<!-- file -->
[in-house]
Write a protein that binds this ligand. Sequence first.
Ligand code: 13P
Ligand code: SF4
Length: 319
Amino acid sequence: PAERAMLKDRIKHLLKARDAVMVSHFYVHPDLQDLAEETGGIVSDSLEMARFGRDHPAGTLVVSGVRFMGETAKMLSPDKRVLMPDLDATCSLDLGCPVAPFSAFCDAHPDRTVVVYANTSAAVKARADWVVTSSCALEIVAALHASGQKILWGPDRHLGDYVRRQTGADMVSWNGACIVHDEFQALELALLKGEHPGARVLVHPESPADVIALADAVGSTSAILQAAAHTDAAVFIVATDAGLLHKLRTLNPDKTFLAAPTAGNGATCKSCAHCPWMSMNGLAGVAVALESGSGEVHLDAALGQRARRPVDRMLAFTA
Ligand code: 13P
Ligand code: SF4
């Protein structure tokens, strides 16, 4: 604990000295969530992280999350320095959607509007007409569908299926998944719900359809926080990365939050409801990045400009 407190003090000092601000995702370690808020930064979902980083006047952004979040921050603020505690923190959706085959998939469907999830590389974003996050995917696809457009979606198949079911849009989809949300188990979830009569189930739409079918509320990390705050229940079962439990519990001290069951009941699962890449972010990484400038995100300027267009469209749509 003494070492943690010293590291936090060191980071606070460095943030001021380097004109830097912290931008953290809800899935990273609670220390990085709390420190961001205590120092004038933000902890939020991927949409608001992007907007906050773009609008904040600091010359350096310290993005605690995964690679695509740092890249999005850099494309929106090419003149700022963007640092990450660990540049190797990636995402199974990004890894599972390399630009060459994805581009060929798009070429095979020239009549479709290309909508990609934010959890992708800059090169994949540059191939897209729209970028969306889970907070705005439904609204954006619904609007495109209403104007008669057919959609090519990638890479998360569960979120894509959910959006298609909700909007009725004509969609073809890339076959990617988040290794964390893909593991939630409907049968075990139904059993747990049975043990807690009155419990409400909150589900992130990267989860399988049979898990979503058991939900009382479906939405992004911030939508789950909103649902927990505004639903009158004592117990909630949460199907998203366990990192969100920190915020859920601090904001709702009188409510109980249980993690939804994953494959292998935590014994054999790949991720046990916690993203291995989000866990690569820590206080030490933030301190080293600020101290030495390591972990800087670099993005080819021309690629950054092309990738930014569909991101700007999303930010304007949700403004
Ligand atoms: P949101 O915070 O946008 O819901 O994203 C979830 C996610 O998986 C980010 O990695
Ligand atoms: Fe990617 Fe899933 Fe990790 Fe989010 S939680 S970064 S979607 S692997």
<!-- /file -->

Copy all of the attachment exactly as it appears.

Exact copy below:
[in-house]
Write a protein that binds this ligand. Sequence first.
Ligand code: 13P
Ligand code: SF4
Length: 319
Amino acid sequence: PAERAMLKDRIKHLLKARDAVMVSHFYVHPDLQDLAEETGGIVSDSLEMARFGRDHPAGTLVVSGVRFMGETAKMLSPDKRVLMPDLDATCSLDLGCPVAPFSAFCDAHPDRTVVVYANTSAAVKARADWVVTSSCALEIVAALHASGQKILWGPDRHLGDYVRRQTGADMVSWNGACIVHDEFQALELALLKGEHPGARVLVHPESPADVIALADAVGSTSAILQAAAHTDAAVFIVATDAGLLHKLRTLNPDKTFLAAPTAGNGATCKSCAHCPWMSMNGLAGVAVALESGSGEVHLDAALGQRARRPVDRMLAFTA
Ligand code: 13P
Ligand code: SF4
């Protein structure tokens, strides 16, 4: 604990000295969530992280999350320095959607509007007409569908299926998944719900359809926080990365939050409801990045400009 407190003090000092601000995702370690808020930064979902980083006047952004979040921050603020505690923190959706085959998939469907999830590389974003996050995917696809457009979606198949079911849009989809949300188990979830009569189930739409079918509320990390705050229940079962439990519990001290069951009941699962890449972010990484400038995100300027267009469209749509 003494070492943690010293590291936090060191980071606070460095943030001021380097004109830097912290931008953290809800899935990273609670220390990085709390420190961001205590120092004038933000902890939020991927949409608001992007907007906050773009609008904040600091010359350096310290993005605690995964690679695509740092890249999005850099494309929106090419003149700022963007640092990450660990540049190797990636995402199974990004890894599972390399630009060459994805581009060929798009070429095979020239009549479709290309909508990609934010959890992708800059090169994949540059191939897209729209970028969306889970907070705005439904609204954006619904609007495109209403104007008669057919959609090519990638890479998360569960979120894509959910959006298609909700909007009725004509969609073809890339076959990617988040290794964390893909593991939630409907049968075990139904059993747990049975043990807690009155419990409400909150589900992130990267989860399988049979898990979503058991939900009382479906939405992004911030939508789950909103649902927990505004639903009158004592117990909630949460199907998203366990990192969100920190915020859920601090904001709702009188409510109980249980993690939804994953494959292998935590014994054999790949991720046990916690993203291995989000866990690569820590206080030490933030301190080293600020101290030495390591972990800087670099993005080819021309690629950054092309990738930014569909991101700007999303930010304007949700403004
Ligand atoms: P949101 O915070 O946008 O819901 O994203 C979830 C996610 O998986 C980010 O990695
Ligand atoms: Fe990617 Fe899933 Fe990790 Fe989010 S939680 S970064 S979607 S692997």